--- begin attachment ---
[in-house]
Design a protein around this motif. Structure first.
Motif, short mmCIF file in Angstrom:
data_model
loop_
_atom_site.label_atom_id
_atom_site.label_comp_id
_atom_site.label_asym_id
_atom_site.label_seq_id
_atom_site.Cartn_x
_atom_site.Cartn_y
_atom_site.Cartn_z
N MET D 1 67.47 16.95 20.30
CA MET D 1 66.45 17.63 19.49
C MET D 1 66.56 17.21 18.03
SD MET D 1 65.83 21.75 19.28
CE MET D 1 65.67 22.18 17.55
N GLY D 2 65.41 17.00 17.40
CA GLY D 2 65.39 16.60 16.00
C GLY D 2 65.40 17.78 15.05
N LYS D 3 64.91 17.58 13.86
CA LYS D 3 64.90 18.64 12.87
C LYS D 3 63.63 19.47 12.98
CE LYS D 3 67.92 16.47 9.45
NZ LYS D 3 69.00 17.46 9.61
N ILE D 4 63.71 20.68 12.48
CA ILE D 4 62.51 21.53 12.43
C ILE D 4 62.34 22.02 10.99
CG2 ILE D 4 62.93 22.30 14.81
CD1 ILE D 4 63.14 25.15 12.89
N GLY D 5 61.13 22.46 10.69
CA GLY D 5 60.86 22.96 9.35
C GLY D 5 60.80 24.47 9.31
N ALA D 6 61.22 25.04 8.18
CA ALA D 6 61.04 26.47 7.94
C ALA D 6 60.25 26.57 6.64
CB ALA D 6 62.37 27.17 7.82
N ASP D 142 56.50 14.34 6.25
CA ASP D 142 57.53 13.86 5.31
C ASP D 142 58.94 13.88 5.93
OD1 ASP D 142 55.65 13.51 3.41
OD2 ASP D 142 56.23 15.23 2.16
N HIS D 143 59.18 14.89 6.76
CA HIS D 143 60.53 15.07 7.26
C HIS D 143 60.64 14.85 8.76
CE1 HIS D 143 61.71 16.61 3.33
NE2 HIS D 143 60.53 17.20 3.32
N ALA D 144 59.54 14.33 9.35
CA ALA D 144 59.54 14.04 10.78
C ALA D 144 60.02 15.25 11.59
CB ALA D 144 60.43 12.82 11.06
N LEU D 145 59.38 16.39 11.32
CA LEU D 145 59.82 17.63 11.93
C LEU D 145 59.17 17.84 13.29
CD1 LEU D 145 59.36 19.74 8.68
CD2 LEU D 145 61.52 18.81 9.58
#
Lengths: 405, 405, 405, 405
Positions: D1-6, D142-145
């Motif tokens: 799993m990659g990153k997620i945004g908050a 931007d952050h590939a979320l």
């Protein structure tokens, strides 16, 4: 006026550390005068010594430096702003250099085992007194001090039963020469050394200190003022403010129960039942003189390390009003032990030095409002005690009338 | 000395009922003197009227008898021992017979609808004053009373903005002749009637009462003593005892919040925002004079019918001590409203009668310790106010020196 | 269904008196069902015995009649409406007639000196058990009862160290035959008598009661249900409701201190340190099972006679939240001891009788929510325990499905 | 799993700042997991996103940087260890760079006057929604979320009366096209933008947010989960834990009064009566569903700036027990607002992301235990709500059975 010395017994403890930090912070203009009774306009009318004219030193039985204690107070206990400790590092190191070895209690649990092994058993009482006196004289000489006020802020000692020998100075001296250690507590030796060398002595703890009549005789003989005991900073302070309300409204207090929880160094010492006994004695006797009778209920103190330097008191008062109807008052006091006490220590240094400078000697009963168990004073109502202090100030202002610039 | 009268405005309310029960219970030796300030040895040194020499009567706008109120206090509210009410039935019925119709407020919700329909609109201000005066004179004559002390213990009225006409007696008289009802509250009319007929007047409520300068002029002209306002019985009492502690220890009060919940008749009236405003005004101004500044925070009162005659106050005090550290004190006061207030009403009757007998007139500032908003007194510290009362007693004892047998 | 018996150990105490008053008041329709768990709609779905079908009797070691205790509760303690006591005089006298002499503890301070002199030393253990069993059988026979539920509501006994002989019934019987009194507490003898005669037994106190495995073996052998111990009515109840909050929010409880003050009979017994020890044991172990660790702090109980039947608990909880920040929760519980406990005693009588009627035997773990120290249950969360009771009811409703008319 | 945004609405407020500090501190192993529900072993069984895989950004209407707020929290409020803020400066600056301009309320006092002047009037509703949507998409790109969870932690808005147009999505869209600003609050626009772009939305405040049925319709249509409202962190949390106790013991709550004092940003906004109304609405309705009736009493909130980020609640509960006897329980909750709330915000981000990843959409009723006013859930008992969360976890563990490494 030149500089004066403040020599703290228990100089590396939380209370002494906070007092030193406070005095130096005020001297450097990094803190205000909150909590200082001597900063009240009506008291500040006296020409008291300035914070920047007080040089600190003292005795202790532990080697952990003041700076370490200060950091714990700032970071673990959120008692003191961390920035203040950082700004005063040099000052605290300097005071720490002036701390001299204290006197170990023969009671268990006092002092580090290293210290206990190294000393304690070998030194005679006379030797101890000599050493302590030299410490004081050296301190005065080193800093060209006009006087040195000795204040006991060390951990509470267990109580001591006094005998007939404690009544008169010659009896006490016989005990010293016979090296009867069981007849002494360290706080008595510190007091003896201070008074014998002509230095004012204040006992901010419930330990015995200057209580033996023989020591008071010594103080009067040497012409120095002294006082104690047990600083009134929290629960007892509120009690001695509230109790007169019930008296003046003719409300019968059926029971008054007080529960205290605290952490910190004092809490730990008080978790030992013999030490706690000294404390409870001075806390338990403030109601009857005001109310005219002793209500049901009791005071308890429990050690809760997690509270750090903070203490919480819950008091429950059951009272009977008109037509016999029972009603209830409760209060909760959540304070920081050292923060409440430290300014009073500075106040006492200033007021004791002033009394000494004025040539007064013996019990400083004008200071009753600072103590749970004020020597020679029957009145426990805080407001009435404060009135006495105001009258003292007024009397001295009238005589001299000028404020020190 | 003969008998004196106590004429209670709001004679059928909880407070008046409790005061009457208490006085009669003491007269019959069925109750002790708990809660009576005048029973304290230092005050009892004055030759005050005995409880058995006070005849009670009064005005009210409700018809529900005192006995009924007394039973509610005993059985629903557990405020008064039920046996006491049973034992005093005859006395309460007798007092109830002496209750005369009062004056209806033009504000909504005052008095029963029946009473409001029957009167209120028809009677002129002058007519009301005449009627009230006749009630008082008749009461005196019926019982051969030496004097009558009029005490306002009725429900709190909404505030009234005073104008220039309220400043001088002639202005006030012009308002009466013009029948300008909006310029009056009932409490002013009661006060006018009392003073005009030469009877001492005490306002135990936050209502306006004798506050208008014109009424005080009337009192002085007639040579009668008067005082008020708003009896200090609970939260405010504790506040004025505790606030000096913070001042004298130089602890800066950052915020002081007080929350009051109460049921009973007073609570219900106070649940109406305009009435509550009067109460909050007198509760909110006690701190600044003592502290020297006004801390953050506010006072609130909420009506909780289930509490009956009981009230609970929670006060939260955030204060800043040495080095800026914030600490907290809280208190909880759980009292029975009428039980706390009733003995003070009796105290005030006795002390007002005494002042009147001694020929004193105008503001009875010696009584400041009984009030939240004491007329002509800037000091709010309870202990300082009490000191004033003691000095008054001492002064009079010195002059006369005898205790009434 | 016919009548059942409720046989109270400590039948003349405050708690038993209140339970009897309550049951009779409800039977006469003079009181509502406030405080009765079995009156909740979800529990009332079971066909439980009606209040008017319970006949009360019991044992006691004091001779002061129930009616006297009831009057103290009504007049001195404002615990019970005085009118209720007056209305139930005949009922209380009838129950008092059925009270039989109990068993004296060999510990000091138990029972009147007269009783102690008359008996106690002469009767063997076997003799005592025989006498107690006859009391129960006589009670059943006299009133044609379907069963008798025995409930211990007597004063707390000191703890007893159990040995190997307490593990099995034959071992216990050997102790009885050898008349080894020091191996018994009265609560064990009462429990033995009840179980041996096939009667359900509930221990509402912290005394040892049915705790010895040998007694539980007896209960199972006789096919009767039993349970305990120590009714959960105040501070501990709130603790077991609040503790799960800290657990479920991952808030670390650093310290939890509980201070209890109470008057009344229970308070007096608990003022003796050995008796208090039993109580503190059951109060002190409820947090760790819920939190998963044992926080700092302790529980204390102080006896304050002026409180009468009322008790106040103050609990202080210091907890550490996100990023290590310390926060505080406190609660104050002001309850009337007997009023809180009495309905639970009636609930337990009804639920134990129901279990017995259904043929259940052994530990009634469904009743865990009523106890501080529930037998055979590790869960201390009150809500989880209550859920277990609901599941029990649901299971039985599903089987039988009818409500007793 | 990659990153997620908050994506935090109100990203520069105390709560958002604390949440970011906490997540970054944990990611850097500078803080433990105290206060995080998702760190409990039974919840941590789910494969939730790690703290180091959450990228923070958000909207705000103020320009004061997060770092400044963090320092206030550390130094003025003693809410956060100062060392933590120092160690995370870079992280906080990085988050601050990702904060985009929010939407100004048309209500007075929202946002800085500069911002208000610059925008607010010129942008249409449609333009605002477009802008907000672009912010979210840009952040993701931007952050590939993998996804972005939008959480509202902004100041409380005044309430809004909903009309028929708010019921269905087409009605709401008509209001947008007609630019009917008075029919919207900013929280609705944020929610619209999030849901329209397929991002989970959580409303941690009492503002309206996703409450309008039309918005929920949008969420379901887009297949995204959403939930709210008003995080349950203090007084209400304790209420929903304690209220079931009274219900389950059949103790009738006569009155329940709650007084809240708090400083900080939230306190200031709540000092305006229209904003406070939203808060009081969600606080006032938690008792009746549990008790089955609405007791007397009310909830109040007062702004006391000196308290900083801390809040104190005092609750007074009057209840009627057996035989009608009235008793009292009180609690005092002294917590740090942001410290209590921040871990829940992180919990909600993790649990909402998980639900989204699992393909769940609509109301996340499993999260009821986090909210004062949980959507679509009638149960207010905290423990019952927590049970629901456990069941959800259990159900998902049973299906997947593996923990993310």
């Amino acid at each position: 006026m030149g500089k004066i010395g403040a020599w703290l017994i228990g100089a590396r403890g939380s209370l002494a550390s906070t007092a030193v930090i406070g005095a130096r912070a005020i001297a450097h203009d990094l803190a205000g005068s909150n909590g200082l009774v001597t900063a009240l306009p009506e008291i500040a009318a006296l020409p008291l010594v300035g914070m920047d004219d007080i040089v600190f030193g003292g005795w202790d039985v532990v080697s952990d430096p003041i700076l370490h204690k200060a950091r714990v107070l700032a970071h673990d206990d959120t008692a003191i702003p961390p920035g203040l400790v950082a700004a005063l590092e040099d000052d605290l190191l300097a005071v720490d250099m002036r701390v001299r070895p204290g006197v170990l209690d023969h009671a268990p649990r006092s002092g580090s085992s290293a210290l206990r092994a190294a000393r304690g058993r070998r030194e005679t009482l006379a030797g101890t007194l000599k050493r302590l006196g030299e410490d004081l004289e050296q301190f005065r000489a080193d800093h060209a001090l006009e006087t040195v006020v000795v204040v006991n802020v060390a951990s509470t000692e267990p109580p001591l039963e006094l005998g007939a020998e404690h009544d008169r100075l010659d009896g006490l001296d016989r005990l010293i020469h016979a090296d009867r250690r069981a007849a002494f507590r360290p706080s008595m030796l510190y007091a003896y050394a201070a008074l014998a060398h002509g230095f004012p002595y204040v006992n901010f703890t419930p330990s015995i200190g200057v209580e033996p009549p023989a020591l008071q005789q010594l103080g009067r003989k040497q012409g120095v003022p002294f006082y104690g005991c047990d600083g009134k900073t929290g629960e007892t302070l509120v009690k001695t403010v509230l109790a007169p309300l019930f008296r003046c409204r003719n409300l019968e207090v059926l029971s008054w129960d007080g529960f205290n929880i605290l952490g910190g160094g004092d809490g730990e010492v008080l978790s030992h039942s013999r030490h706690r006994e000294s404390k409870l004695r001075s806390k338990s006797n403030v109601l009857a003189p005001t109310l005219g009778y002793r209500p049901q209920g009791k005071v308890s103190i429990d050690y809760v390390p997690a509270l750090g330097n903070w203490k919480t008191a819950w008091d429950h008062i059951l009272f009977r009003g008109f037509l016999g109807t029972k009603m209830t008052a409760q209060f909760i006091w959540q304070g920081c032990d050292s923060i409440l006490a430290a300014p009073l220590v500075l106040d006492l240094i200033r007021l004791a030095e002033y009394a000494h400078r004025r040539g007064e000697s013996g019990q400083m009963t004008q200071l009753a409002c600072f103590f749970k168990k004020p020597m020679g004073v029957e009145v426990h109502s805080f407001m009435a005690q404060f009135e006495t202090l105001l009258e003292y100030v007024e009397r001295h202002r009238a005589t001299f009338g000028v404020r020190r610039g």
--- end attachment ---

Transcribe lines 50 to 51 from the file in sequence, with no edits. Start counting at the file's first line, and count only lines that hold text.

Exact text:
C ALA D 144 60.02 15.25 11.59
CB ALA D 144 60.43 12.82 11.06